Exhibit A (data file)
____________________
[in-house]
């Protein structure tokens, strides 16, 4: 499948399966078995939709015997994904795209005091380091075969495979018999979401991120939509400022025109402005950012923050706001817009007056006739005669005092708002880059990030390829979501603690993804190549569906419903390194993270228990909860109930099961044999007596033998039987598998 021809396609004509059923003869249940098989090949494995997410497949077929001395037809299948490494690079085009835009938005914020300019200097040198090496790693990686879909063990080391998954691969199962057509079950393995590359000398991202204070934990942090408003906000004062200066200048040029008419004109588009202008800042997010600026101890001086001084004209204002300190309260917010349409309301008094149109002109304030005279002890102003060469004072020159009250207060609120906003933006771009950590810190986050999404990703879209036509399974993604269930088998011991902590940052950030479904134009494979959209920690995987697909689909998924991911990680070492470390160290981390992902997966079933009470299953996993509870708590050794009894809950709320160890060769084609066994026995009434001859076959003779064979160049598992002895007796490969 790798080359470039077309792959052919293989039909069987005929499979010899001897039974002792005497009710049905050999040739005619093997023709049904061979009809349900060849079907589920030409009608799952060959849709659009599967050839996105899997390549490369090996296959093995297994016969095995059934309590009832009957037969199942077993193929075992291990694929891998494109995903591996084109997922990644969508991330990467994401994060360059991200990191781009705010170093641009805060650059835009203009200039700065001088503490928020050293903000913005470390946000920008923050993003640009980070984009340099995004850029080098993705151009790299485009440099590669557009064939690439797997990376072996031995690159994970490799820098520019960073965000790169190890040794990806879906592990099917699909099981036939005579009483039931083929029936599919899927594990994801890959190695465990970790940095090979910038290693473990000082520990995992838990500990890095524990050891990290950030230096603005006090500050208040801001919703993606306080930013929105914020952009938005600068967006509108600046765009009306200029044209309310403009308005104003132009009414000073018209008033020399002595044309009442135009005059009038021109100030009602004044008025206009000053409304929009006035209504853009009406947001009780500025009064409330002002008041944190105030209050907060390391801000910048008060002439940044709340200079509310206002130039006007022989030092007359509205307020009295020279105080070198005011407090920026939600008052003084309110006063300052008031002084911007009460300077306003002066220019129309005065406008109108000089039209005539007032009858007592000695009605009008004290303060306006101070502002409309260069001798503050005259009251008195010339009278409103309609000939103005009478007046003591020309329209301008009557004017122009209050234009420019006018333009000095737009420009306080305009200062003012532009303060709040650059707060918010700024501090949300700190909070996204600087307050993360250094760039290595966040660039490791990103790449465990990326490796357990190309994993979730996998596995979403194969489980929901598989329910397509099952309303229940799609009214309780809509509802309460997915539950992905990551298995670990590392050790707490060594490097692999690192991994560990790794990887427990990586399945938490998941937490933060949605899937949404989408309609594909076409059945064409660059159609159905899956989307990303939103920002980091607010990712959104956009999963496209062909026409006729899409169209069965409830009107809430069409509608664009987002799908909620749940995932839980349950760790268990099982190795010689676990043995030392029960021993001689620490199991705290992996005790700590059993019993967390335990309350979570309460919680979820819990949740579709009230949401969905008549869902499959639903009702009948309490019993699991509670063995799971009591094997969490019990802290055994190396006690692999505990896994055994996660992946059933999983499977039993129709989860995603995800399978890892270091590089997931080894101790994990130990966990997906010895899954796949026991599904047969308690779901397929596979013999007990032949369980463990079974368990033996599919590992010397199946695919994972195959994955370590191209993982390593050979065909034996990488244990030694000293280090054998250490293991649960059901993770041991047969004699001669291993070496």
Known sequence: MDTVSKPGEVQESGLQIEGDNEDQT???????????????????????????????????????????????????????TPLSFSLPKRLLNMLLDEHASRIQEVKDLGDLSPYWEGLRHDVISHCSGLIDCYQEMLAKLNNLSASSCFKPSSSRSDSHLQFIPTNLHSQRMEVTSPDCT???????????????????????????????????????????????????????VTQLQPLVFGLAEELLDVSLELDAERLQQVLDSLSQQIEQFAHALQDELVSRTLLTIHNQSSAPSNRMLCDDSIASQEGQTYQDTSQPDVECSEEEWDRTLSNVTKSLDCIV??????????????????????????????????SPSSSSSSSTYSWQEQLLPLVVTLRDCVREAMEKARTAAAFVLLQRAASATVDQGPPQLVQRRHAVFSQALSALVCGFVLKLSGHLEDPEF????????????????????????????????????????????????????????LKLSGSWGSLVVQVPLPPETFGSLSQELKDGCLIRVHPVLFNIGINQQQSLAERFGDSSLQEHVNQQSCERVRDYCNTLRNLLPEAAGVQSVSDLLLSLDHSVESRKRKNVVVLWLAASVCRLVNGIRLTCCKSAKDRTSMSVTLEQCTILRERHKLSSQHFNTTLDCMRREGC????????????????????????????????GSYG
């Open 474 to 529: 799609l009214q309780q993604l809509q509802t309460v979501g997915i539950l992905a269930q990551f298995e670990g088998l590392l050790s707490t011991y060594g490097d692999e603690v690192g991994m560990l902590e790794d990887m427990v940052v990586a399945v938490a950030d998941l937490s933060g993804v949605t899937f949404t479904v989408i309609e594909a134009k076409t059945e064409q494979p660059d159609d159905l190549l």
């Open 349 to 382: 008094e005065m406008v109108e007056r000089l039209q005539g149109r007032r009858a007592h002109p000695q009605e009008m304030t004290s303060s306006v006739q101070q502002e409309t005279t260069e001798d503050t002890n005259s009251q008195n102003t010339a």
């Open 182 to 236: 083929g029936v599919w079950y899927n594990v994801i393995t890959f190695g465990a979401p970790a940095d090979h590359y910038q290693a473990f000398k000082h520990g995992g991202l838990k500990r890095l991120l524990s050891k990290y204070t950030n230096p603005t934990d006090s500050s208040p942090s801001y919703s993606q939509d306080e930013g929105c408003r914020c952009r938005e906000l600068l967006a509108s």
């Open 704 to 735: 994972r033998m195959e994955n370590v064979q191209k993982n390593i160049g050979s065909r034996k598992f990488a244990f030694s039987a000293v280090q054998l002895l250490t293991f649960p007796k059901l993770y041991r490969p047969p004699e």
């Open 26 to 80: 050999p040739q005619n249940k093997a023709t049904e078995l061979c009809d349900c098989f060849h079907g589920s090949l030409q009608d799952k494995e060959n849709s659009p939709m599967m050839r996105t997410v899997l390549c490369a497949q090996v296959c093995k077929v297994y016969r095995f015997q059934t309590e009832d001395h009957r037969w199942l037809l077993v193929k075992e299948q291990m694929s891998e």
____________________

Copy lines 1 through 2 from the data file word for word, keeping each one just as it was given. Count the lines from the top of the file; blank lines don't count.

[in-house]
């Protein structure tokens, strides 16, 4: 499948399966078995939709015997994904795209005091380091075969495979018999979401991120939509400022025109402005950012923050706001817009007056006739005669005092708002880059990030390829979501603690993804190549569906419903390194993270228990909860109930099961044999007596033998039987598998 021809396609004509059923003869249940098989090949494995997410497949077929001395037809299948490494690079085009835009938005914020300019200097040198090496790693990686879909063990080391998954691969199962057509079950393995590359000398991202204070934990942090408003906000004062200066200048040029008419004109588009202008800042997010600026101890001086001084004209204002300190309260917010349409309301008094149109002109304030005279002890102003060469004072020159009250207060609120906003933006771009950590810190986050999404990703879209036509399974993604269930088998011991902590940052950030479904134009494979959209920690995987697909689909998924991911990680070492470390160290981390992902997966079933009470299953996993509870708590050794009894809950709320160890060769084609066994026995009434001859076959003779064979160049598992002895007796490969 790798080359470039077309792959052919293989039909069987005929499979010899001897039974002792005497009710049905050999040739005619093997023709049904061979009809349900060849079907589920030409009608799952060959849709659009599967050839996105899997390549490369090996296959093995297994016969095995059934309590009832009957037969199942077993193929075992291990694929891998494109995903591996084109997922990644969508991330990467994401994060360059991200990191781009705010170093641009805060650059835009203009200039700065001088503490928020050293903000913005470390946000920008923050993003640009980070984009340099995004850029080098993705151009790299485009440099590669557009064939690439797997990376072996031995690159994970490799820098520019960073965000790169190890040794990806879906592990099917699909099981036939005579009483039931083929029936599919899927594990994801890959190695465990970790940095090979910038290693473990000082520990995992838990500990890095524990050891990290950030230096603005006090500050208040801001919703993606306080930013929105914020952009938005600068967006509108600046765009009306200029044209309310403009308005104003132009009414000073018209008033020399002595044309009442135009005059009038021109100030009602004044008025206009000053409304929009006035209504853009009406947001009780500025009064409330002002008041944190105030209050907060390391801000910048008060002439940044709340200079509310206002130039006007022989030092007359509205307020009295020279105080070198005011407090920026939600008052003084309110006063300052008031002084911007009460300077306003002066220019129309005065406008109108000089039209005539007032009858007592000695009605009008004290303060306006101070502002409309260069001798503050005259009251008195010339009278409103309609000939103005009478007046003591020309329209301008009557004017122009209050234009420019006018333009000095737009420009306080305009200062003012532009303060709040650059707060918010700024501090949300700190909070996204600087307050993360250094760039290595966040660039490791990103790449465990990326490796357990190309994993979730996998596995979403194969489980929901598989329910397509099952309303229940799609009214309780809509509802309460997915539950992905990551298995670990590392050790707490060594490097692999690192991994560990790794990887427990990586399945938490998941937490933060949605899937949404989408309609594909076409059945064409660059159609159905899956989307990303939103920002980091607010990712959104956009999963496209062909026409006729899409169209069965409830009107809430069409509608664009987002799908909620749940995932839980349950760790268990099982190795010689676990043995030392029960021993001689620490199991705290992996005790700590059993019993967390335990309350979570309460919680979820819990949740579709009230949401969905008549869902499959639903009702009948309490019993699991509670063995799971009591094997969490019990802290055994190396006690692999505990896994055994996660992946059933999983499977039993129709989860995603995800399978890892270091590089997931080894101790994990130990966990997906010895899954796949026991599904047969308690779901397929596979013999007990032949369980463990079974368990033996599919590992010397199946695919994972195959994955370590191209993982390593050979065909034996990488244990030694000293280090054998250490293991649960059901993770041991047969004699001669291993070496």